Someone with a pure choleric temperament is usually a goal-oriented person. People with choleric personality types are very savvy, analytical, and logical. Extremely practical and straightforward, choleric people aren’t necessarily very good companions or particularly social. They dislike small talk and enjoy deep and meaningful conversations. They would rather be alone than in the company of shallow, superficial people. Ideally, they want to spend time with people who have similar professional interests.


People with the melancholic personality type love traditions. Women cook for men; men open doors for women. They love their families and friends and, unlike sanguine temperament, do not look for novelty and adventure. In fact, they avoid it at all costs. Someone with melancholic temperament is very unlikely to marry a foreigner or leave their homeland for another country.

The Psychology of Marketing

So by now you may be wondering why you are reading about so much psychology on a marketing blog. As I have continued to grow in this industry, one thing has stuck out more than anything else. My job as a marketer is simple, “connect people and businesses in an authentic way.” Now there are a number of mediums I use, like search, content marketing, design and the like, but the core purpose remains the same. I am in the business of creating connections.

A study commissioned but the 4A’s in 2015 brought some very interesting truths to light. "Only 4% of Americans think the marketing industry behaves with integrity, and nearly half of consumers surveyed say they don't trust any news source.” (Source)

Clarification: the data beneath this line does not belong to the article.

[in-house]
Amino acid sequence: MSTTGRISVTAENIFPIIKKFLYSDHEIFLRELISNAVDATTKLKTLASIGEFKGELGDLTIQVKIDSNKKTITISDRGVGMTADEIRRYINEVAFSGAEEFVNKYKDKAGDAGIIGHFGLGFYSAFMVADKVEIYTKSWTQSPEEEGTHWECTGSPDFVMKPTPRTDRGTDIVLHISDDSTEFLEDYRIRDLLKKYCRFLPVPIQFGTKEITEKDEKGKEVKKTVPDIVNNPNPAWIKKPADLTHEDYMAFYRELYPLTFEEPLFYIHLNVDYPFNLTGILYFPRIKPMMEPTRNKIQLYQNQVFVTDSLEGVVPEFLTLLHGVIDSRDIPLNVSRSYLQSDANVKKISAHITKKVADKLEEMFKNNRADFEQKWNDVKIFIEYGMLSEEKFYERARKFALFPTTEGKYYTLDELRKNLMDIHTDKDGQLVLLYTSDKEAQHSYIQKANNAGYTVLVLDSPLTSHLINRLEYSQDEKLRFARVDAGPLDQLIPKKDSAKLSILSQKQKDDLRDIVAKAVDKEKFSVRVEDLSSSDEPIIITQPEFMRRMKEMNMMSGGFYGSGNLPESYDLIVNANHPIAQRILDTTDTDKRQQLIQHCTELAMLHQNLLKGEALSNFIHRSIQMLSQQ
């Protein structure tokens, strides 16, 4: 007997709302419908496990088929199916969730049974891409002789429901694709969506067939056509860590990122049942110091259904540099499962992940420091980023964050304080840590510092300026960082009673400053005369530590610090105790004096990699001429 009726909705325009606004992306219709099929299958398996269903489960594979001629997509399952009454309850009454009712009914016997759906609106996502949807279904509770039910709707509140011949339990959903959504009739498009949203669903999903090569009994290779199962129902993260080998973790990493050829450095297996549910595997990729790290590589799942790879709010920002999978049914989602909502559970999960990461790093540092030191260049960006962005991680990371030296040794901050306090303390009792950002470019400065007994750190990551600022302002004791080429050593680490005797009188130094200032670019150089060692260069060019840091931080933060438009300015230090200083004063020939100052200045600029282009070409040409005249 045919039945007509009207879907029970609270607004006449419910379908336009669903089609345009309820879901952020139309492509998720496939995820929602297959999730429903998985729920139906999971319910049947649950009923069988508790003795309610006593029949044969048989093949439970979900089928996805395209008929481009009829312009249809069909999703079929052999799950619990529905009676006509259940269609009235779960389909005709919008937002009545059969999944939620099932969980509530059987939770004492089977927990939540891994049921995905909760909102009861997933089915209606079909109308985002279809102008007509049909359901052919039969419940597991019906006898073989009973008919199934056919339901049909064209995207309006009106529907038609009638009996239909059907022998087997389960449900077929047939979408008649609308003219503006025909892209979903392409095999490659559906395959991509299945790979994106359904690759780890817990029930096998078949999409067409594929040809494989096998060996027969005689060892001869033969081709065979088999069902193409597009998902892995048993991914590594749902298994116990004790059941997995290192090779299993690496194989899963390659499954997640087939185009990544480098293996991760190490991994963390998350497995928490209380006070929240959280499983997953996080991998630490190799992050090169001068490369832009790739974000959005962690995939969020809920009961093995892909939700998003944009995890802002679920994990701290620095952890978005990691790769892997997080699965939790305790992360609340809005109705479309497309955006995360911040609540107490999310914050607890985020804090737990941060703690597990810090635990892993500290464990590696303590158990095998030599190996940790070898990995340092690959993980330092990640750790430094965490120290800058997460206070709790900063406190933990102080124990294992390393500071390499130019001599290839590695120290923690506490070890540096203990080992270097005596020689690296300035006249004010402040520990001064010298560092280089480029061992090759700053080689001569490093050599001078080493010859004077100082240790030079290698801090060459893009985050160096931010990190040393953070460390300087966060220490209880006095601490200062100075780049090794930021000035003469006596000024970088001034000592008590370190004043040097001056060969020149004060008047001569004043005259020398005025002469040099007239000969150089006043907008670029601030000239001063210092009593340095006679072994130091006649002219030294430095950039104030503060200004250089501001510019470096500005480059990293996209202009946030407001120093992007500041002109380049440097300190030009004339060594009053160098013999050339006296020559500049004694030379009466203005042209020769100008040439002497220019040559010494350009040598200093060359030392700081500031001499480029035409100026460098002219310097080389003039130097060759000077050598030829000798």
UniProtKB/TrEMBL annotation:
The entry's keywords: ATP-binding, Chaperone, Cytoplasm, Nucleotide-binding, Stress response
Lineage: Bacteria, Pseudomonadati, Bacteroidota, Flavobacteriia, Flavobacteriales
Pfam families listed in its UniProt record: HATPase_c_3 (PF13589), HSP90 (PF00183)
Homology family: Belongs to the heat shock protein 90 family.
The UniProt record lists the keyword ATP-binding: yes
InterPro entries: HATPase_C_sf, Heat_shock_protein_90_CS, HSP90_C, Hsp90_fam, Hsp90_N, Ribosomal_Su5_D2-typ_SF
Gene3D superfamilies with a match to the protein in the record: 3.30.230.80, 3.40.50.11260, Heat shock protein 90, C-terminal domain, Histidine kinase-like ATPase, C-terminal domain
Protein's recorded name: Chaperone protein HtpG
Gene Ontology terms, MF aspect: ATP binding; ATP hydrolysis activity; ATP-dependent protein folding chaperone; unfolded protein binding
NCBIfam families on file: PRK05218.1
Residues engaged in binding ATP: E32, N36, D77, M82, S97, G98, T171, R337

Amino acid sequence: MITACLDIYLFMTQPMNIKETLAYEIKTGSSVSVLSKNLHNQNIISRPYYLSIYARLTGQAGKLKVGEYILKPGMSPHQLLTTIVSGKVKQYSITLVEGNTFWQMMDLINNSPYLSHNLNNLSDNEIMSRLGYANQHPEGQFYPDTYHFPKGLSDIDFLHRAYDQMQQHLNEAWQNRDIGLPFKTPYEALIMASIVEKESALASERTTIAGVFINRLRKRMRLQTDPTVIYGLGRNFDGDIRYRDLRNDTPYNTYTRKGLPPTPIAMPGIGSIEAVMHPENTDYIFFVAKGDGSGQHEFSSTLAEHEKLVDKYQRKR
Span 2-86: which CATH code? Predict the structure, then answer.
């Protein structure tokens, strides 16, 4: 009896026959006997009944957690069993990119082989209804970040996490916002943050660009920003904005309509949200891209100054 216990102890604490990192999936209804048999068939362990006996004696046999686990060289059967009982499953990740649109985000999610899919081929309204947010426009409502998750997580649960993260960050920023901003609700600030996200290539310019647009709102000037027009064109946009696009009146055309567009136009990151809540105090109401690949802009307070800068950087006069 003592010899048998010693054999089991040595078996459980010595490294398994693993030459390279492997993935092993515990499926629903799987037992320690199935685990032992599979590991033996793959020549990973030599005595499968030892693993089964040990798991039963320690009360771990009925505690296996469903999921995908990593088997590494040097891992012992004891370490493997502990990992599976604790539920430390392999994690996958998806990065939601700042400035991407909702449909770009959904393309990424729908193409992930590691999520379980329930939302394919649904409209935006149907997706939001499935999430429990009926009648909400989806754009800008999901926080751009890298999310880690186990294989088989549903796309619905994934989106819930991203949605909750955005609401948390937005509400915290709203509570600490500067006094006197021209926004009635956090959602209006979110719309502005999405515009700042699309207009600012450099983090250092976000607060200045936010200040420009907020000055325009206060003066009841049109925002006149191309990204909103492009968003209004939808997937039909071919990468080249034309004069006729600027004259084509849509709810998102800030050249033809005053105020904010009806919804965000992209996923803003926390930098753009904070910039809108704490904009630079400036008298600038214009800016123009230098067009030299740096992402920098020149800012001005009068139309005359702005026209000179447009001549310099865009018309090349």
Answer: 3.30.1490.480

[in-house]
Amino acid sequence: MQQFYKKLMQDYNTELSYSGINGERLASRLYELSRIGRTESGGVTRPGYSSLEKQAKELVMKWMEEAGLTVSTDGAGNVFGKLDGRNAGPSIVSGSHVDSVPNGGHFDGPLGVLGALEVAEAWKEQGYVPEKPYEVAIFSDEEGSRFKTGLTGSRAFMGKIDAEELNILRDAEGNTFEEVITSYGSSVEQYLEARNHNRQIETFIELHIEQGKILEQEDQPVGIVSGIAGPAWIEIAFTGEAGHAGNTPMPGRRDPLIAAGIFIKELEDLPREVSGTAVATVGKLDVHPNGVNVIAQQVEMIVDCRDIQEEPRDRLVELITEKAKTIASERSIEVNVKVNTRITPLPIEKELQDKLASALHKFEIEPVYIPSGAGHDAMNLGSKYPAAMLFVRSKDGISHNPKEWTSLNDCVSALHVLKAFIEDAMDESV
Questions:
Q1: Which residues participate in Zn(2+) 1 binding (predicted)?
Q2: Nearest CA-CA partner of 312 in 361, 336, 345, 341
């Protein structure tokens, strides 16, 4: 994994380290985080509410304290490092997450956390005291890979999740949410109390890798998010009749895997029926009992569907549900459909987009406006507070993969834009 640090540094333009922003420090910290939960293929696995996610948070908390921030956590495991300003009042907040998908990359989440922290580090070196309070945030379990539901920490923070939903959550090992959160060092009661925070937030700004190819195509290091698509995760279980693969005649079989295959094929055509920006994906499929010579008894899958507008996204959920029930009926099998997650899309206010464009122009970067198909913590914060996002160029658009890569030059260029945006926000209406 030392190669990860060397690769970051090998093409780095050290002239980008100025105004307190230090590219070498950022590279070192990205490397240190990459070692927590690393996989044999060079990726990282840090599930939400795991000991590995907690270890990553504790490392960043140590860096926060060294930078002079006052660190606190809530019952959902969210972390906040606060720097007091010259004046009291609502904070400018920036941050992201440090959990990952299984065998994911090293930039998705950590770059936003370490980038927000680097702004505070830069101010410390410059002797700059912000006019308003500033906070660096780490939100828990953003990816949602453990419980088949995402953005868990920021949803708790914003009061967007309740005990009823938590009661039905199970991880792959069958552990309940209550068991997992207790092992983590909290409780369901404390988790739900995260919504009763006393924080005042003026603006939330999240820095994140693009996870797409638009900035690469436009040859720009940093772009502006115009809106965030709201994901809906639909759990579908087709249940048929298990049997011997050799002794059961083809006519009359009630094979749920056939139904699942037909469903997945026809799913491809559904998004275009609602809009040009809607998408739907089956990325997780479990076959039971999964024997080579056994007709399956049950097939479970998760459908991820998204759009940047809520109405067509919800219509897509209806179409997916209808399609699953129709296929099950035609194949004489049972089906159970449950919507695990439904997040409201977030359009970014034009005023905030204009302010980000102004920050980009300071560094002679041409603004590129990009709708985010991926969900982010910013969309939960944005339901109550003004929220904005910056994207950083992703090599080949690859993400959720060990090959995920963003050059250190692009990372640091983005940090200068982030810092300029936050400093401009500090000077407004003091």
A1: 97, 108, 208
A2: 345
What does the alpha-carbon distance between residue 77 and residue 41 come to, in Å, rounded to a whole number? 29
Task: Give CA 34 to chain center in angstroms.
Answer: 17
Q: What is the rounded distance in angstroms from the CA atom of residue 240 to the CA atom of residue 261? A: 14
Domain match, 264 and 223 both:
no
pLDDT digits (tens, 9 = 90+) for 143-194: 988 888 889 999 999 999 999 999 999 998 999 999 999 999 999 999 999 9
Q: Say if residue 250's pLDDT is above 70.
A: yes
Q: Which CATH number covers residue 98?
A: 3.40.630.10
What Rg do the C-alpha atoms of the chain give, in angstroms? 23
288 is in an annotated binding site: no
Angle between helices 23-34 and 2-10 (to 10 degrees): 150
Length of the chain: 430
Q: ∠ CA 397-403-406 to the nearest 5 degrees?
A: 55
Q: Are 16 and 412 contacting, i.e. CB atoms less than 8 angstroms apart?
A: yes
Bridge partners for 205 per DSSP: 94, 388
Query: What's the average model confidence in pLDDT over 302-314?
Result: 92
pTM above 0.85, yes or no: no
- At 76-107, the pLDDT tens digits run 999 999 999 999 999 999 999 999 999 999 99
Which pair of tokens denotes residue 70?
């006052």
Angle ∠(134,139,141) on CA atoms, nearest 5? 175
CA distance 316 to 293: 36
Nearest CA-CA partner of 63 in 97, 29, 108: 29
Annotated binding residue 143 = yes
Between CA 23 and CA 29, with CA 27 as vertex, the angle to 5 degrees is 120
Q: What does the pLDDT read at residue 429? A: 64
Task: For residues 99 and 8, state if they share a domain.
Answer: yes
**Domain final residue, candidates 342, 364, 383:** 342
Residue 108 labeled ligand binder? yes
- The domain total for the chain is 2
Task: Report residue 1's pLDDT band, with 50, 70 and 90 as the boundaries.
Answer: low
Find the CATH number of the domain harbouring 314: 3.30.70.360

"Consumers are getting more astute about the news media and advertising," said 4A's Chief Marketing Officer Alison Fahey. "But we found that only a small percentage of consumers trust advertisers and the media.” In short, people don’t trust marketers and advertising because we don’t take the time to get to know them. We push a product, many times we don’t believe in, and look for ways to manipulate. Of course, people don’t trust our profession. As Seth Godin put it in his book, All Marketers Are Liars, “When we recognize the fraud for what it is, we feel incredibly stupid. Something more than our bank accounts is damaged—our egos are damaged. As a result, it’s almost impossible for the marketer to regain our trust.”

Year after year of being pushed towards products and services consumers don’t need or want has broken trust, and the only way to repair that trust is with vulnerable, authentic marketing. We need to pause for a moment and think about the people we are looking to connect with. We need to understand why they would want to do business with us in the first place. We need to empathize with them and learn about their needs and deliver solutions specifically for them. The only way we can do this is if we understand who they are and how they feel.

It’s All About Personalization

While the internet has connected us and made our world “small” it’s also given us the ability to customize our lives. From web profiles and social medium sites to videos and entertainment, we can get what we want, when we want it and how we want it. Almost anything can be made “just for us.” In a hyper-personalized culture, static, broad messaging won’t do the trick.